My ClearNode AllStarLink/EchoLink (FM hotspot) simplex node arrived today from Node-Ventures. Fun!
For those unfamiliar with AllStarLink, a node is a computer that connects to the AllStarLink network. A node is often interfaced with an amateur radio and is connected to the internet. Radios can range in size from a repeater to a low power radio integrated into a node (as is the case with the ClearNode). A node enables the owner to connect to other nodes in the AllStarLink network.
It was super easy to setup and get on the air. My ClearNode unit came preconfigured so there wasn't much to do other than attach the 440Mhz band antenna and power it up. I really like the durable case and overall simplicity of the design.
The ClearNode puts out about 500mW and comes with a stubby antenna. I considered using the stock antenna though I was concerned that it may limit my ability to connect when operating from the backyard with my HT. I decided to repurpose an unused dual-band rubber duck SMA antenna I had in a drawer to enjoy a bit more gain and extended range.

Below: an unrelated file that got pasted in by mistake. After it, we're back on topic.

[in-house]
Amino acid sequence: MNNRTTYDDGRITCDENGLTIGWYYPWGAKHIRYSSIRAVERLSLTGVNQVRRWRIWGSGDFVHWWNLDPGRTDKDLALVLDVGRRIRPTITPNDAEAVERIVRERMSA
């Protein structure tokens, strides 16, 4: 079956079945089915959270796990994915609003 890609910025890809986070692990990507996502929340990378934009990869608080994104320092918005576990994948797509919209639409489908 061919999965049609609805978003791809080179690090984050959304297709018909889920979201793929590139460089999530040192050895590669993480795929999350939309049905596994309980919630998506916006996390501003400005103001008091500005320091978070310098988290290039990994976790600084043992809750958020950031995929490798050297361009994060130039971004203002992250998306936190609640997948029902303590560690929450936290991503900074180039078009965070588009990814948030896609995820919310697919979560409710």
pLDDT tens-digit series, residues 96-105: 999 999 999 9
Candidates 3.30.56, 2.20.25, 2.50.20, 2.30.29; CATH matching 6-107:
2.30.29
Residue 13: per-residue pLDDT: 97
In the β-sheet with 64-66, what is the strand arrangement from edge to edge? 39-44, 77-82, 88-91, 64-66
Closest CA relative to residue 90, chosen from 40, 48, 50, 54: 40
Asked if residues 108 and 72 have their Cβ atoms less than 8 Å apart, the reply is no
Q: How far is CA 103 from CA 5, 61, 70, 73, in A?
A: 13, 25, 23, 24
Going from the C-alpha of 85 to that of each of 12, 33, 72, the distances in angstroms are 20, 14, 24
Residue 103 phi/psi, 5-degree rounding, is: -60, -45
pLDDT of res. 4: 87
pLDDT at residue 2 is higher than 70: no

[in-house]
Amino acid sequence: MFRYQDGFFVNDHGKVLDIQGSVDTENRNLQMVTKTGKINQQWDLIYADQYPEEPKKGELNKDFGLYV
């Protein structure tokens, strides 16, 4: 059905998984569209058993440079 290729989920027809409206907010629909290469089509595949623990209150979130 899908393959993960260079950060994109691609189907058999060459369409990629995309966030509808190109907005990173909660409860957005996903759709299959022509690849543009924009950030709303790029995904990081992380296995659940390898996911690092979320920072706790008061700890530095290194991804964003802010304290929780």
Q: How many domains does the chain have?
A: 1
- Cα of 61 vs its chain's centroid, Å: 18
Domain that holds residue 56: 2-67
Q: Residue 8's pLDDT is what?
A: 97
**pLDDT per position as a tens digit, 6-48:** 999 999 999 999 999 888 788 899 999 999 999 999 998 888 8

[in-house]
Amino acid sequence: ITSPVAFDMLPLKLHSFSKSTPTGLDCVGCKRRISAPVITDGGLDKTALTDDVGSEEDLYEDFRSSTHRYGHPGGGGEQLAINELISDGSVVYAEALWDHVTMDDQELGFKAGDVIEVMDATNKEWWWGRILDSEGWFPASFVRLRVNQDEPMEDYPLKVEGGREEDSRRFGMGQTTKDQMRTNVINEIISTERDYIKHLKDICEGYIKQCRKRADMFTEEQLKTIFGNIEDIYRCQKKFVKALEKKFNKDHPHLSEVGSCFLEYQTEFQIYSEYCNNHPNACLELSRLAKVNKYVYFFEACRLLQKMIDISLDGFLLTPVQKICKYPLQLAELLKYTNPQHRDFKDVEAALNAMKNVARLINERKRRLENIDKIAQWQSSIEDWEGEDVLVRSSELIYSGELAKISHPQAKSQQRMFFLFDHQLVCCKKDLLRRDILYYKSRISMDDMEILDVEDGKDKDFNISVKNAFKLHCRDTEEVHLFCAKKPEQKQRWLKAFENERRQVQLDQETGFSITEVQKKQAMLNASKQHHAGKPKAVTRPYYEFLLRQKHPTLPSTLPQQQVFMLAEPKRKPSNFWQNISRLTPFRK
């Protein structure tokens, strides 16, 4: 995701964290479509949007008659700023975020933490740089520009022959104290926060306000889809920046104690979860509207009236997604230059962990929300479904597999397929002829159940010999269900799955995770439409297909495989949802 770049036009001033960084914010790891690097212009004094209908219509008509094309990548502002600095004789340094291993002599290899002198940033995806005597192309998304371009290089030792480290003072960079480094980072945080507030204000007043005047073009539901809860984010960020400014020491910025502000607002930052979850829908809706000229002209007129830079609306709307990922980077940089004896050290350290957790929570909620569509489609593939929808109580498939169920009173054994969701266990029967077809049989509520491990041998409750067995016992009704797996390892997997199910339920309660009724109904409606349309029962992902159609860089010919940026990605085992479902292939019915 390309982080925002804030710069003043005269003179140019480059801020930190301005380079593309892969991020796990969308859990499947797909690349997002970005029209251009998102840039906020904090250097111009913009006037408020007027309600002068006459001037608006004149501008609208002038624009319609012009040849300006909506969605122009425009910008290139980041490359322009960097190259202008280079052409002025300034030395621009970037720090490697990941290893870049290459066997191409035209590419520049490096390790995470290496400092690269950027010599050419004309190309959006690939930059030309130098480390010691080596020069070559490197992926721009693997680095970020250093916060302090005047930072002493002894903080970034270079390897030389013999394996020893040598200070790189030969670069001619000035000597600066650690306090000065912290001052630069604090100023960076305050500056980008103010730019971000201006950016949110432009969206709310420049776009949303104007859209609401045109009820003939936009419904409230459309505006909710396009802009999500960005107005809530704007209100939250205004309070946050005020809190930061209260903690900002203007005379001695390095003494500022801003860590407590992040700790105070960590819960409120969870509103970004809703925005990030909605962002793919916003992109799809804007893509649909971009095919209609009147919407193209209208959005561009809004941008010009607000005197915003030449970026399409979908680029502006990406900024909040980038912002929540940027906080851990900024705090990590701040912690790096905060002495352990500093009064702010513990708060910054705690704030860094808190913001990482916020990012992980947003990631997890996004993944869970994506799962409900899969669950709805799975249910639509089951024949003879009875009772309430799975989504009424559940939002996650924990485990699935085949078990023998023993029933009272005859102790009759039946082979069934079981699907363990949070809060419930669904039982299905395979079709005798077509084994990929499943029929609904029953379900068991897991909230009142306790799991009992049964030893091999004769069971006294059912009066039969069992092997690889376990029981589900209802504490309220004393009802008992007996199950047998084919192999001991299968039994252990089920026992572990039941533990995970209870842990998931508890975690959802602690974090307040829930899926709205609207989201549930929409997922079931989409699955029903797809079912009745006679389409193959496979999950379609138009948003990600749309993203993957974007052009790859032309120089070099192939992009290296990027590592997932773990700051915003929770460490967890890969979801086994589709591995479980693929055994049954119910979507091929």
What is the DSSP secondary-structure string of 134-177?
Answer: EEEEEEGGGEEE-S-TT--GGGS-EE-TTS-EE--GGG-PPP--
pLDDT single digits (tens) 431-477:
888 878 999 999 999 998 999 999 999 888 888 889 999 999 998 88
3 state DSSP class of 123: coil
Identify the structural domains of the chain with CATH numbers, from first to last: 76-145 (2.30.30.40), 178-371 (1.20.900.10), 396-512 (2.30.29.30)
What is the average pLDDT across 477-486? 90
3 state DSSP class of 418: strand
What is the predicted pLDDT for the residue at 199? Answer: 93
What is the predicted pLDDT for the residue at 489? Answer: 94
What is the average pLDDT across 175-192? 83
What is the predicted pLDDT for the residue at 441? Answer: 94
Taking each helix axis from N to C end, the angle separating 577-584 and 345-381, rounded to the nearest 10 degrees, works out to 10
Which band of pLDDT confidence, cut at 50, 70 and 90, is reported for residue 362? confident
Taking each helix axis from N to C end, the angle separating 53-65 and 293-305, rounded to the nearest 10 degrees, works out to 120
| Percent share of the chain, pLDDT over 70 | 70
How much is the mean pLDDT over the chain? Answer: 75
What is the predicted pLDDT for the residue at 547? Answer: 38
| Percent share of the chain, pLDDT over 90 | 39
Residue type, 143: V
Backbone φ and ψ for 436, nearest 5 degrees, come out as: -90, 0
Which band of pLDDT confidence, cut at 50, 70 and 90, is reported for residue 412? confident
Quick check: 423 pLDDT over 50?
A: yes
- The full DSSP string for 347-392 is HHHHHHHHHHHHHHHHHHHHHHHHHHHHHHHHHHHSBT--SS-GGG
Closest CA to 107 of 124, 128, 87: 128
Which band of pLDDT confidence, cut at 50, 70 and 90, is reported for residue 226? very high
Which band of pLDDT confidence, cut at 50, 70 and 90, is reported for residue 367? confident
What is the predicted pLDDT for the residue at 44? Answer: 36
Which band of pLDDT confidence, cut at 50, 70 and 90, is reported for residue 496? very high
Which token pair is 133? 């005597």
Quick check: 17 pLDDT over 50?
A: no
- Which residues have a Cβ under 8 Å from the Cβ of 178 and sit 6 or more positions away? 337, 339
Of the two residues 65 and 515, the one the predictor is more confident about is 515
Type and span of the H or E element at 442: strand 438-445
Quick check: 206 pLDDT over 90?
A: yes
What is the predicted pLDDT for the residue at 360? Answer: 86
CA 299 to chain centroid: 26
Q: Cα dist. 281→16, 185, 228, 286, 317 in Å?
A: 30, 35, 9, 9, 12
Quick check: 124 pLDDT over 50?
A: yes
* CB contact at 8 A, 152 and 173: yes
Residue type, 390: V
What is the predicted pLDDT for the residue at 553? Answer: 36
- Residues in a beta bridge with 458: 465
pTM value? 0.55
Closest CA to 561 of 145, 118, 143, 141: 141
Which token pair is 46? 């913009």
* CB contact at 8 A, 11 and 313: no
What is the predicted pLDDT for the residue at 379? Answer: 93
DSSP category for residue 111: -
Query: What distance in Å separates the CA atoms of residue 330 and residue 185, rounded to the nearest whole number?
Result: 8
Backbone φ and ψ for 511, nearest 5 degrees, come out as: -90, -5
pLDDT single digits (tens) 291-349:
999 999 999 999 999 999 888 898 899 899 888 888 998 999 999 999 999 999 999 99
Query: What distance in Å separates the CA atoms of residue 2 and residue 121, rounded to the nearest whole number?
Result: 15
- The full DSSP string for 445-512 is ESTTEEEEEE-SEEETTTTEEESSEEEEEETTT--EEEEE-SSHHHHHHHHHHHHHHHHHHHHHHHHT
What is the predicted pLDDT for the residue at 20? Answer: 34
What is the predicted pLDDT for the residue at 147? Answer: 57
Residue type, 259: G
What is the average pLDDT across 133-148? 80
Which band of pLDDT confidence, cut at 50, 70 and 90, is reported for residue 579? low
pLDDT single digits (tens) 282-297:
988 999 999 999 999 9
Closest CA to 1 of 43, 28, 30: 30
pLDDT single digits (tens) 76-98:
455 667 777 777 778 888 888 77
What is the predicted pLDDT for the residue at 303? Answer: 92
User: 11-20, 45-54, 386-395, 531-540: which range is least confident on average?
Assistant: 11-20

|Testing NJ2X's Clearnode Allstar / Echolink node|
The ClearNode worked great with both AllStarLink and EchoLink. I was able to link with repeater nodes all over the world easily using the ClearNode iPhome app. The software worked flawlessly and offers a ton of configuration options for those that love to experiment. Node-Ventures have also done an excellent job those who want a simple plug-and-play node. Kudos!
I talked to several hams on various repeaters and then checked-in on the Puget Sound Repeater Group's Nine O’clock Net on WW7PSR in Seattle, Washington.
Coverage around the house was strong with full quieting while using my dual-band HT set to low-power (1W). This coming weekend I plan to do further testing around the house and outdoor coverage with my HT.
Good DX and 73, NJ2X